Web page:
Science Daily: A new COMAP radio survey will examine the ‘tip’ of the iceberg of galaxies in order to uncover a hidden age of star formation

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The formation of the first stars took place around 400 million years after our universe was created. The so-called dark ages of the universe ended and a new, light-filled era began. As the universe grew, more galaxies emerged to serve as factories for creating new stars. This process reached its peak around 4 billion years after Big Bang.

This bygone era can, fortunately for astronomers. It takes time for distant light to reach us. Our telescopes can pick-up light emitted from galaxies billions of years ago by stars and galaxies (our universe is 13.8 million years old). However, the details of this chapter are not clear as most of the stars formed are obscured by dust.

COMAP (Co Mapping Array Project), a Caltech new project, will provide a fresh glimpse into the epoch that galaxy assembly occurred. It will also help to answer questions about how the universe experienced soaring star production.

“Most instruments could see the tip a iceberg when they look at galaxies during this period,” says Kieran Clary, principal investigator for the project and associate director of Caltech’s Owens Valley Radio Observatory. (OVRO). COMAP will reveal what is beneath, hidden from our view.

The current phase of the project employs a 10.4-meter Leighton radio telescope at OVRO to study star-forming galaxies in space and time. The radio observations trace the origin of stars using cold hydrogen gas. This gas is hard to find so COMAP measures bright radio waves from carbon monoxide, which is always present with the hydrogen. COMAP’s radio camera detects these radio signals at a level that is unparalleled.

Seven papers published the initial science results of this project. The Astrophysical Journal. COMAP has established upper limits on the amount of cold gas that must be present in galaxies within the time period being studied. These upper limits were based on observations from COMAP’s first year of a five-year plan. The project has yet not detected the CO signal directly, but these early results indicate that it is well on its way to doing so. It will eventually paint the most complete picture yet about the history of star-formation in the universe.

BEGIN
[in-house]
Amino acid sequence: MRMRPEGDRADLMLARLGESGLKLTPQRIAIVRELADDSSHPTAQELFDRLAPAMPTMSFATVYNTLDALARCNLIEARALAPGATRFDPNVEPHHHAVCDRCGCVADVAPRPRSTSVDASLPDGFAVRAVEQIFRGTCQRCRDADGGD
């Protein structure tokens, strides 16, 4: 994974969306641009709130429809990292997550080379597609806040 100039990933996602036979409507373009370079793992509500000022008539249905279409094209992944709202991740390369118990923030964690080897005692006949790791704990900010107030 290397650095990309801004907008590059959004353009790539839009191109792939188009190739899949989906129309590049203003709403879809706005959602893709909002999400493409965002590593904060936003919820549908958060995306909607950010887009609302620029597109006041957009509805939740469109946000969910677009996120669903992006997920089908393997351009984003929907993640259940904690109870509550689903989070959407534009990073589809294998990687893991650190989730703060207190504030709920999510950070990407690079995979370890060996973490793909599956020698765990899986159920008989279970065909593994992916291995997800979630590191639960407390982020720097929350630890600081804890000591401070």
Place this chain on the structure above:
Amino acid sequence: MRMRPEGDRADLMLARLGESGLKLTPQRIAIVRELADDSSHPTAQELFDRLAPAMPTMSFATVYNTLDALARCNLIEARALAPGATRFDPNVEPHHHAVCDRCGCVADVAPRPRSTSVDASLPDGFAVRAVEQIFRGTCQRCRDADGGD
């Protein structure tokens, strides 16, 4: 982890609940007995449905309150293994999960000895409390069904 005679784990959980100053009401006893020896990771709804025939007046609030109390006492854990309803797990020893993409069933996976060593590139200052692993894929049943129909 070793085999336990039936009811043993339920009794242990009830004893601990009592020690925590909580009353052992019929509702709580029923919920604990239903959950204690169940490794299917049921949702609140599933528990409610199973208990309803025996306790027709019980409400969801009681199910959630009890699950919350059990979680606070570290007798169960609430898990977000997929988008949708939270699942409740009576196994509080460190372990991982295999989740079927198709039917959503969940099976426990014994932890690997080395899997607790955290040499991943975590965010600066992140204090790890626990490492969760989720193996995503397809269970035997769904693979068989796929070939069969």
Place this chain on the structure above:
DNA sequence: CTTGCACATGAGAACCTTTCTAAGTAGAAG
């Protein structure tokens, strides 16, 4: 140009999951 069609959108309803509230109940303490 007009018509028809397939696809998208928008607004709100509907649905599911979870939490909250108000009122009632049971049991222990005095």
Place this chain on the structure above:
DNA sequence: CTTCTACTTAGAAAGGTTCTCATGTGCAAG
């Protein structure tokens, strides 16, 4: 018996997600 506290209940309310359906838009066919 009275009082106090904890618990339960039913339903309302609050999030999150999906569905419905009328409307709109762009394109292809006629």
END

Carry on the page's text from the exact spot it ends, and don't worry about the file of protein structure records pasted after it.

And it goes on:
Cleary states, “Looking forward to the project’s future, we intend to use this technique in order to successively look further back in time.” “We will continue to push back in time, starting 4 billion years after Big Bang. We’ll reach the epoch when the first stars and galaxies are formed, just a few billion years earlier.”

Anthony Readhead is the co-principal investigator of COMAP and the Robinson Professor in Astronomy. He says that COMAP will not only witness the first epochs of stars and galaxies. But also their epic decline. He says, “We will see star formation rising like an ocean tide.”

COMAP uses blurry radio images to capture clusters of galaxies in cosmic time, as opposed to sharp images of individual galaxies. This blurriness makes it possible for astronomers capture radio light from larger pools of galaxies.

Cleary says, “In this manner, we can find average properties of typical and faint galaxies without having to know exactly where any particular galaxy is located.” Cleary says that this is similar to determining the temperature of large volumes of water with a thermometer, rather than analysing the motions of individual water molecules.

The Keck Institute for Space Studies funded the project for critical early technology development. National Science Foundation (NSF) provided funding for the early phases of the project, including the building of “Pathfinder” and the survey. The project is a collaboration between Caltech; the Jet Propulsion Laboratory (JPL), which is managed by Caltech for NASA; New York University; Princeton University; Stanford University; Université de Genève; University of Oslo; The University of Manchester; University of Maryland; University of Miami; and the University of Toronto (including the Canadian Institute for Theoretical Astrophysics and the Dunlap Institute for Astronomy and Astrophysics).

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MaterialsProvided by California Institute of Technology. Original by Whitney Clavin Notice: Style and length may be changed.

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